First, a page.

Sauerkraut is in this 2 gallon fermentation bucket, in a nice out-of-the-way corner.
What do you mean, you don’t eat sauerkraut?! I know, I know. You eat your hot dogs with different toppings. That’s a New York thing. Yeah, well, me too. I do the Southern thing with mustard, chili, onions and, if I want cabbage, then slaw. I would admit to using ketchup, but that would blow my credibility with the “Foodies” crowd. Anyway, try searching “sauerkraut recipes” online and you’ll find that sauerkraut is NOT just for hot dogs. Also, if you think it’s too salty or too sour, you can give it a rinse in a colander and tone that way down. Personally, I like it pretty much full strength. Either way, you are really missing out on something, if you don’t give sauerkraut a try!
Now, this is my first attempt at fermenting sauerkraut at home. I’ve had it canned (many years ago…yuck! If this was your last experience, you definitely need to try again!), from a jar, and refrigerated from a jar or bag. Of those options, I like the “fresher” stuff from the refrigerated bag. I have been fermenting ciders and beer over the last year and have gotten more comfortable with the concept, so I decided to try making some kraut at home. The added benefit here is the lactobacillus in freshly fermented sauerkraut. It’s good for your gastro-health and immunity…like yogurt. Of course, if you home can the kraut or heat it too much, you take away that benefit, but should still be delicious.
I basically followed the process outlined here: http://www.food-skills-for-self-sufficiency.com/making-sauerkraut.html . I like to give due credit to my sources! The main things I changed concerned the cloth and rubber band cover for the container and the wooden “tamping” board. Since I’ve been fermenting cider, I have a couple of 2 gallon fermentation buckets and airlocks. These can be purchased very inexpensively at a local home brew shop or ordered online. The benefit is not risking exposure to contamination. I also have a spray bottle of “Star-san” that I use on all my containers and utensils. It is a sanitizer that does not have to be rinsed off. Very convenient. I don’t have a tamping board, so I sanitized my hands and pounded that cabbage with my bare fist! I feel so macho.
One other thing, I sliced the cabbage by hand, using a chef’s knife. I didn’t feel like preparing and cleaning up after my electric slicer and the mandoline slicer just seemed like it would be too slow. Yeah, mine’s a little coarser than some, but now I know anyone can do it without special equipment. Your welcome!
I didn’t get pictures up to this point, because my camera’s battery was recharging, but I’ll add some to a follow-up post. I think we can all imagine finely sliced cabbage in a bucket. ( And the link has photos.) I started with two fairly large heads of cabbage that weighed a total of about 8 lbs. After processing, I had about 7 lbs. I did need some extra brine to make sure that the cabbage was covered by liquid. I added a sanitized plate and a small canning jar (1/2 pint) on top of that, to weight down the cabbage and keep it submerged. Then I sealed the lid and added the airlock. I have read that the fresh kraut can be kept in a sealed container, in the refrigerator, for a few weeks. Fermentation is supposed to take 4 to 6 weeks. I’ll check it regularly for mold, to keep it clean. The airlock should tell me when it’s done fermenting. Looking forward to seeing how this goes. I love roasting pork on top of a bed of kraut and letting the juices flavor it! Enjoy!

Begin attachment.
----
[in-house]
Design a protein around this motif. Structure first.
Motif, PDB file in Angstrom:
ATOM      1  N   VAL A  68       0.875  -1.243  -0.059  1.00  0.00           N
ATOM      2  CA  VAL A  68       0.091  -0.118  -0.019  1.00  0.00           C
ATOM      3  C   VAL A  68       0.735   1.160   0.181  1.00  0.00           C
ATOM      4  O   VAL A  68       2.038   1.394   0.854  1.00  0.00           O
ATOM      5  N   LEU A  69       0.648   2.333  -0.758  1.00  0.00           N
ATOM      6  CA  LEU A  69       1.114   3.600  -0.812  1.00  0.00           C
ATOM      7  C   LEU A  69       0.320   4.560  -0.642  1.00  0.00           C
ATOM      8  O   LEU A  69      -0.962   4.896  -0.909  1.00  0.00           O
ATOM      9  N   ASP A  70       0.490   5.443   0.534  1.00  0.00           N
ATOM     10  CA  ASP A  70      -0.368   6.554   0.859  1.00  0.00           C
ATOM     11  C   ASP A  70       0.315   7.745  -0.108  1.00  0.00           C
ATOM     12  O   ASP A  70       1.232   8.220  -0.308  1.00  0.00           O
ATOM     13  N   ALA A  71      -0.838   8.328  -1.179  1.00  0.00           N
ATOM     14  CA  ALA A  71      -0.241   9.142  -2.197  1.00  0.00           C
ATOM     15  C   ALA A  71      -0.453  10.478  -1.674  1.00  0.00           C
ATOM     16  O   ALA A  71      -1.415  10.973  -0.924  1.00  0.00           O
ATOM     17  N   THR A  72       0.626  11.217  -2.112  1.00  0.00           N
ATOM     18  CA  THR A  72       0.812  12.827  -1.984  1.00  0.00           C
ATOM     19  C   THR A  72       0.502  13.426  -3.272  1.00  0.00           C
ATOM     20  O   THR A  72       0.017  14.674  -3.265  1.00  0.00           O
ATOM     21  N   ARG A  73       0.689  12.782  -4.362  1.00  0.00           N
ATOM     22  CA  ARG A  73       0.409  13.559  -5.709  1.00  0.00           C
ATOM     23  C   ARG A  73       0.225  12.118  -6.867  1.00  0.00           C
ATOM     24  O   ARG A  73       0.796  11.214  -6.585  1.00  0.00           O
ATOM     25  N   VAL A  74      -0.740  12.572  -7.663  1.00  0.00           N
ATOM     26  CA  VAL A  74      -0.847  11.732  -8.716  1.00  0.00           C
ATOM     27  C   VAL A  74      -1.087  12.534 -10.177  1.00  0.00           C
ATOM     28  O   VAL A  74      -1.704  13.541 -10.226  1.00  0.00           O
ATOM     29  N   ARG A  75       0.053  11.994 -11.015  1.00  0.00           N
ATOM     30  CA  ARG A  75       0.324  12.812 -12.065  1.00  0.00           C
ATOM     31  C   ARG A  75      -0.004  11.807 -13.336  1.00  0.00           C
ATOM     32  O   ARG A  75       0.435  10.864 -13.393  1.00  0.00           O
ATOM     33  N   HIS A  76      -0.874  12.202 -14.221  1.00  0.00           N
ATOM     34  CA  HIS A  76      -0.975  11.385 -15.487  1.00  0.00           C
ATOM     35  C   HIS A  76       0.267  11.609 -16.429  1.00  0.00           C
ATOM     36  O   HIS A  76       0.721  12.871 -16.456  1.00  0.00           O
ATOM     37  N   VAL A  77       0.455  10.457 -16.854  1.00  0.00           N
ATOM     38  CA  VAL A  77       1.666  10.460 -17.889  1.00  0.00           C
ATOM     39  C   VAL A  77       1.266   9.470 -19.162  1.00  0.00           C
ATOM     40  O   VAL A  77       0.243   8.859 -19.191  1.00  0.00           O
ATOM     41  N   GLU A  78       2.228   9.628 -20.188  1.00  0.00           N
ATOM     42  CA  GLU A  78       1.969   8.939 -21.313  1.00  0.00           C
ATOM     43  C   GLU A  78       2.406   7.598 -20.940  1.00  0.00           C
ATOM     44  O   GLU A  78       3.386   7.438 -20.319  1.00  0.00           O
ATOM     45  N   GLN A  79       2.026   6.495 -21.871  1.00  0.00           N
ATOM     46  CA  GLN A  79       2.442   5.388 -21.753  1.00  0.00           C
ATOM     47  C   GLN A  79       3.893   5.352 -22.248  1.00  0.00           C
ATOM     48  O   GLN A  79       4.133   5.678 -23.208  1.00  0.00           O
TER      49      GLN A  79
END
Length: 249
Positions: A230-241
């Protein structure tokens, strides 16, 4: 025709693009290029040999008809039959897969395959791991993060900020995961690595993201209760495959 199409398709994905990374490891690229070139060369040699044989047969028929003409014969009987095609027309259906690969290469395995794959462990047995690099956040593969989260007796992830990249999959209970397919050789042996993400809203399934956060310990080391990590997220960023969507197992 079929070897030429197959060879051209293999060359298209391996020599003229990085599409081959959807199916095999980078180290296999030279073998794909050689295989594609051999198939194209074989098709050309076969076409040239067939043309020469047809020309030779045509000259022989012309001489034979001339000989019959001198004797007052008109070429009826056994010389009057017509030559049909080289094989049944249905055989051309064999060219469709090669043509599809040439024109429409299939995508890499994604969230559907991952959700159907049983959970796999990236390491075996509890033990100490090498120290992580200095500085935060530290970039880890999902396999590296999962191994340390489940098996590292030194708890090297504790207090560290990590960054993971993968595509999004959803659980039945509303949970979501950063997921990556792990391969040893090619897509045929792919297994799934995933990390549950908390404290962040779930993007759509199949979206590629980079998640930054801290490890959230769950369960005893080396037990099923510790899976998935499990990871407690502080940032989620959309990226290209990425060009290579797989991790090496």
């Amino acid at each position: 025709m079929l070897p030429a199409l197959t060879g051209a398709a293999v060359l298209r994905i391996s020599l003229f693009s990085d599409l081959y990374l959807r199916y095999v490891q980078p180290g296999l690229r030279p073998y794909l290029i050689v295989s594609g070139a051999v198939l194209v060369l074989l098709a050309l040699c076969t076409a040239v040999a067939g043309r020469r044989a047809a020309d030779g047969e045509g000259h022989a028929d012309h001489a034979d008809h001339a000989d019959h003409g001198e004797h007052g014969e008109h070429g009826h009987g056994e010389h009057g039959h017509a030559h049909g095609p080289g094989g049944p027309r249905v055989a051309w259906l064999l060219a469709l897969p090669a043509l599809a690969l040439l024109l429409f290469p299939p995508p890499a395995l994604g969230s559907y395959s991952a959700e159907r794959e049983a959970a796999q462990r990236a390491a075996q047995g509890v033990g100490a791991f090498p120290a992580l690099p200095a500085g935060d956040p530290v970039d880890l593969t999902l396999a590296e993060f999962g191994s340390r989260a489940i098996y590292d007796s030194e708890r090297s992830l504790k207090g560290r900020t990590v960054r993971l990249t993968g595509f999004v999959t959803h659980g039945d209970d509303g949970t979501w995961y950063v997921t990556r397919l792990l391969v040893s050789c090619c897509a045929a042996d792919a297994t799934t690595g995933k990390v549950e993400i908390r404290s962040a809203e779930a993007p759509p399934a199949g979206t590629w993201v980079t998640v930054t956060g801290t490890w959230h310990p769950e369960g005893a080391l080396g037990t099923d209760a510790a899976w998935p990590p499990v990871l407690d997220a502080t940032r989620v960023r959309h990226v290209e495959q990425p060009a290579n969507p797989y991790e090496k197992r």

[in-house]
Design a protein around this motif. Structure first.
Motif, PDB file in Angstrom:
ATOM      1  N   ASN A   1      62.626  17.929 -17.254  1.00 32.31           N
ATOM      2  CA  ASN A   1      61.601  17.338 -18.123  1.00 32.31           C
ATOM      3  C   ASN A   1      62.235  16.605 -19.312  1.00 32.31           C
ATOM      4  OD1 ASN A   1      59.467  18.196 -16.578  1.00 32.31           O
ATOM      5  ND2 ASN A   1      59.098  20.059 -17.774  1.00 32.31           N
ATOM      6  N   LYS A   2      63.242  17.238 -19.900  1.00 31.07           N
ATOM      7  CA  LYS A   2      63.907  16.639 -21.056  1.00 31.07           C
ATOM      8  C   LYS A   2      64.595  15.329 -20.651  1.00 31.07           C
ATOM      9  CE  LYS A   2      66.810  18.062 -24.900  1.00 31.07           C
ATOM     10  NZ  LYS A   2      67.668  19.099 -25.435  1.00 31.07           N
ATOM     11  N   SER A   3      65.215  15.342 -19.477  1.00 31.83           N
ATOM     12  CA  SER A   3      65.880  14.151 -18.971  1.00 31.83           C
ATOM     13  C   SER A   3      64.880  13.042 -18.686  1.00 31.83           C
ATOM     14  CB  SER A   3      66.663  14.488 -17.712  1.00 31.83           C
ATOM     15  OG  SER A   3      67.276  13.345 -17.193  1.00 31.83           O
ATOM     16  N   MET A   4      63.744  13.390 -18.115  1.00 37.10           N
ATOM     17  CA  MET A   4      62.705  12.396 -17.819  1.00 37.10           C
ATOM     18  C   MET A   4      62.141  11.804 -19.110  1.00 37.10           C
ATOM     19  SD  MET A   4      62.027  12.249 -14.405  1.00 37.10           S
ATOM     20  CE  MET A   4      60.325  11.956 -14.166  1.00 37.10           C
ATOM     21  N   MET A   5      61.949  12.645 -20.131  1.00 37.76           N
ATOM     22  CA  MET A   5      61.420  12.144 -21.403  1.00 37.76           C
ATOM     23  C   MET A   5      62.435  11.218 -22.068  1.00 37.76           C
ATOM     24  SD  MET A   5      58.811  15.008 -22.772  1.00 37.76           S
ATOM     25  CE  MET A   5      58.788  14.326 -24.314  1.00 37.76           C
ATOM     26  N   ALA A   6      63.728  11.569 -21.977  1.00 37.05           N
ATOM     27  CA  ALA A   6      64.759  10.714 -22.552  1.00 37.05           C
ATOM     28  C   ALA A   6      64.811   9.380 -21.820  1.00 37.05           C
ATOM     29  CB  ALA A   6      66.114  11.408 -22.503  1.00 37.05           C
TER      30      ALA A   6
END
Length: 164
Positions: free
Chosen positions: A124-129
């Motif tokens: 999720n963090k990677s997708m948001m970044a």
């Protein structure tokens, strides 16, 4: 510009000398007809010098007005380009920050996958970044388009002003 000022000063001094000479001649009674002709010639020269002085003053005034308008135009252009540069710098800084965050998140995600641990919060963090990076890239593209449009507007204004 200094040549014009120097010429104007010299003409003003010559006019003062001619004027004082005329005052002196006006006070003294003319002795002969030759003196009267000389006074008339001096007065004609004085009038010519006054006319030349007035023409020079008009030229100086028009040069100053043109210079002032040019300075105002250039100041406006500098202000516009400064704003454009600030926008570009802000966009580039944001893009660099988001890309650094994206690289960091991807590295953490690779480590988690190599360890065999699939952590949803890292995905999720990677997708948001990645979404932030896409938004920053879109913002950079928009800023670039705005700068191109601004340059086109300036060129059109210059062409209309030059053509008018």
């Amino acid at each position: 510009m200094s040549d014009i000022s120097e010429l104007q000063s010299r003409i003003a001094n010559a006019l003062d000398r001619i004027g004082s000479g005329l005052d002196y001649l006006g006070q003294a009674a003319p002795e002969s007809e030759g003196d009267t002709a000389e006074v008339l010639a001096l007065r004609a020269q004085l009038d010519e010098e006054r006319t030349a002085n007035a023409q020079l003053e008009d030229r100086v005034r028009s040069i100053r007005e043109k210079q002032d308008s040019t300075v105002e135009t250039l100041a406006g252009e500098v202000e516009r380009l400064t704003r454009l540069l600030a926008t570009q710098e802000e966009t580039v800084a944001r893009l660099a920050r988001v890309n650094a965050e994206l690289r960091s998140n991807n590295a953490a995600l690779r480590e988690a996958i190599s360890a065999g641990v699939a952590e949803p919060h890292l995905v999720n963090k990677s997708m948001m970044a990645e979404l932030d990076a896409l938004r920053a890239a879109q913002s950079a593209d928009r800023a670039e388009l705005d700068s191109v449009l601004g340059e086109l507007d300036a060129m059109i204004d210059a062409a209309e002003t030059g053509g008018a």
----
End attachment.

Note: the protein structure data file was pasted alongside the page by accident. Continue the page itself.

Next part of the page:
Okay, update 9/20/14 After a couple of days, there’s not too much to see, but when you lift the lid…ooo-weeee! That’s some funk! There’s no foam or any activity obvious, but the aroma tells a different story. Here’s a look inside the fermentation bucket:
Making Sauerkraut…all the cabbage is under a plate, weighed down with a little canning jar and water.
Update 10/10/14: So, there hasn’t been any airlock activity to speak of. I guess the process for sauerkraut just doesn’t really happen fast enough to really see that kind of activity. Anyway, I sanitized around the lid and opened the bucket today to do a progress check. It’s been about 3 weeks and the liquid seems noticeably darker and the smell is pretty strong.
Inside the bucket after 3 weeks.
I went ahead and sanitized a spoon, removed the jar, and raised the plate to peek inside. The cabbage is a bit paler, but still not the color I associate with kraut. I removed a couple of shreds and resealed the bucket. The sample still has a little crunch to it, but is definitely moving from the very salty cabbage flavor towards the fermented flavor of kraut. The directions said it would take 4-6 weeks. It’s headed in the right direction, but I think this is going to take the full six weeks…and maybe more. This is probably being affected by the fact that I hand-cut the cabbage, instead of using a mandoline or slaw shredding tool. That’s okay, I’m in no rush and I kind of like the rustic look and texture.
Peeking under the weighted plate…coarse sauerkraut at 3 weeks.
Update:3/11/15 Made a newbatch of sauerkraut this morning. I had 1 larger and one smaller head of cabbage that combined weight was about 6 pounds. The two differences with this batch over last batch are that I used a KitchenAid rotary slicer attachment to shred the cabbage, and I have a new “tool” for pounding the cabbage, rather than using my fists!
The attachment that is normally used for fine shredding did notwork well…it was turning the cabbage to mush and very hard to push through. The slicing attachment worked better. And my new “tool” is a baseball bat that my son outgrew. It’s aluminum and has a plastic end. I washed and sanitized it, and it worked very well!
After removing cores and a little waste when I tried the wrong attachment, I wound up with just under 4lbs of cabbage. Will check back in about 4 weeks.